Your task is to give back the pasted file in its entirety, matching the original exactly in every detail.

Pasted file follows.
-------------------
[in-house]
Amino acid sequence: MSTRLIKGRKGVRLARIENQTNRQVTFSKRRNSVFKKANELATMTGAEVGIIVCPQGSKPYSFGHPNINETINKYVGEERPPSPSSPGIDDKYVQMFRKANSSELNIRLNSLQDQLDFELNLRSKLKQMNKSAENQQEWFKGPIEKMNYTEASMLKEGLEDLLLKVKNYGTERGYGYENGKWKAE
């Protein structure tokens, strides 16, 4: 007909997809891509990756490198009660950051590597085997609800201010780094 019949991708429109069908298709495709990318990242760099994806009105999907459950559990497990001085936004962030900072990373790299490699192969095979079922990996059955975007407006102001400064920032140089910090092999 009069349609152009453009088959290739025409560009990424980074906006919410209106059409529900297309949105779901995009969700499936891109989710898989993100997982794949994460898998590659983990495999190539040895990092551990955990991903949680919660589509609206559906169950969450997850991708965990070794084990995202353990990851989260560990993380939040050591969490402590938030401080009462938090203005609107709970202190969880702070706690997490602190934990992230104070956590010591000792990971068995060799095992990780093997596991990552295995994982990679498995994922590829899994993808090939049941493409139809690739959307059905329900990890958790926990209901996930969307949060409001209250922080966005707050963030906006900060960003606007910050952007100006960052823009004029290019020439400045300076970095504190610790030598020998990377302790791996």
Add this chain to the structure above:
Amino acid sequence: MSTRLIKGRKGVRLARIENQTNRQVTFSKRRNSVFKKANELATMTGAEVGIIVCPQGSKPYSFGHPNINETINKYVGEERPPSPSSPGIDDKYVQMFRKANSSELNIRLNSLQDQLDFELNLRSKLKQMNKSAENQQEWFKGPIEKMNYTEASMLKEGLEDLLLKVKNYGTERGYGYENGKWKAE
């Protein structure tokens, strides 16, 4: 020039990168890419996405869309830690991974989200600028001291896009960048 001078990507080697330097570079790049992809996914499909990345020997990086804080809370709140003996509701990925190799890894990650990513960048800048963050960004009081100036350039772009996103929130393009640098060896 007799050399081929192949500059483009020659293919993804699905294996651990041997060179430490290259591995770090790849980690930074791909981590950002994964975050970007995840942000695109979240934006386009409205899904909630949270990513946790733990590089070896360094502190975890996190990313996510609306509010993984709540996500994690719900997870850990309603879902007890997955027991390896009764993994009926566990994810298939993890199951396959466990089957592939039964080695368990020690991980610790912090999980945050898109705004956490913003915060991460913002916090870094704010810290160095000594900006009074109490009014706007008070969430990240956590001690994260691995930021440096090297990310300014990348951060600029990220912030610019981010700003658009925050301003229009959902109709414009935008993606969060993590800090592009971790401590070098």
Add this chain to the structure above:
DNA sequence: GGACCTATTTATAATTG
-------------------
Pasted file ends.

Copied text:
[in-house]
Amino acid sequence: MSTRLIKGRKGVRLARIENQTNRQVTFSKRRNSVFKKANELATMTGAEVGIIVCPQGSKPYSFGHPNINETINKYVGEERPPSPSSPGIDDKYVQMFRKANSSELNIRLNSLQDQLDFELNLRSKLKQMNKSAENQQEWFKGPIEKMNYTEASMLKEGLEDLLLKVKNYGTERGYGYENGKWKAE
């Protein structure tokens, strides 16, 4: 007909997809891509990756490198009660950051590597085997609800201010780094 019949991708429109069908298709495709990318990242760099994806009105999907459950559990497990001085936004962030900072990373790299490699192969095979079922990996059955975007407006102001400064920032140089910090092999 009069349609152009453009088959290739025409560009990424980074906006919410209106059409529900297309949105779901995009969700499936891109989710898989993100997982794949994460898998590659983990495999190539040895990092551990955990991903949680919660589509609206559906169950969450997850991708965990070794084990995202353990990851989260560990993380939040050591969490402590938030401080009462938090203005609107709970202190969880702070706690997490602190934990992230104070956590010591000792990971068995060799095992990780093997596991990552295995994982990679498995994922590829899994993808090939049941493409139809690739959307059905329900990890958790926990209901996930969307949060409001209250922080966005707050963030906006900060960003606007910050952007100006960052823009004029290019020439400045300076970095504190610790030598020998990377302790791996």
Add this chain to the structure above:
Amino acid sequence: MSTRLIKGRKGVRLARIENQTNRQVTFSKRRNSVFKKANELATMTGAEVGIIVCPQGSKPYSFGHPNINETINKYVGEERPPSPSSPGIDDKYVQMFRKANSSELNIRLNSLQDQLDFELNLRSKLKQMNKSAENQQEWFKGPIEKMNYTEASMLKEGLEDLLLKVKNYGTERGYGYENGKWKAE
């Protein structure tokens, strides 16, 4: 020039990168890419996405869309830690991974989200600028001291896009960048 001078990507080697330097570079790049992809996914499909990345020997990086804080809370709140003996509701990925190799890894990650990513960048800048963050960004009081100036350039772009996103929130393009640098060896 007799050399081929192949500059483009020659293919993804699905294996651990041997060179430490290259591995770090790849980690930074791909981590950002994964975050970007995840942000695109979240934006386009409205899904909630949270990513946790733990590089070896360094502190975890996190990313996510609306509010993984709540996500994690719900997870850990309603879902007890997955027991390896009764993994009926566990994810298939993890199951396959466990089957592939039964080695368990020690991980610790912090999980945050898109705004956490913003915060991460913002916090870094704010810290160095000594900006009074109490009014706007008070969430990240956590001690994260691995930021440096090297990310300014990348951060600029990220912030610019981010700003658009925050301003229009959902109709414009935008993606969060993590800090592009971790401590070098």
Add this chain to the structure above:
DNA sequence: GGACCTATTTATAATTG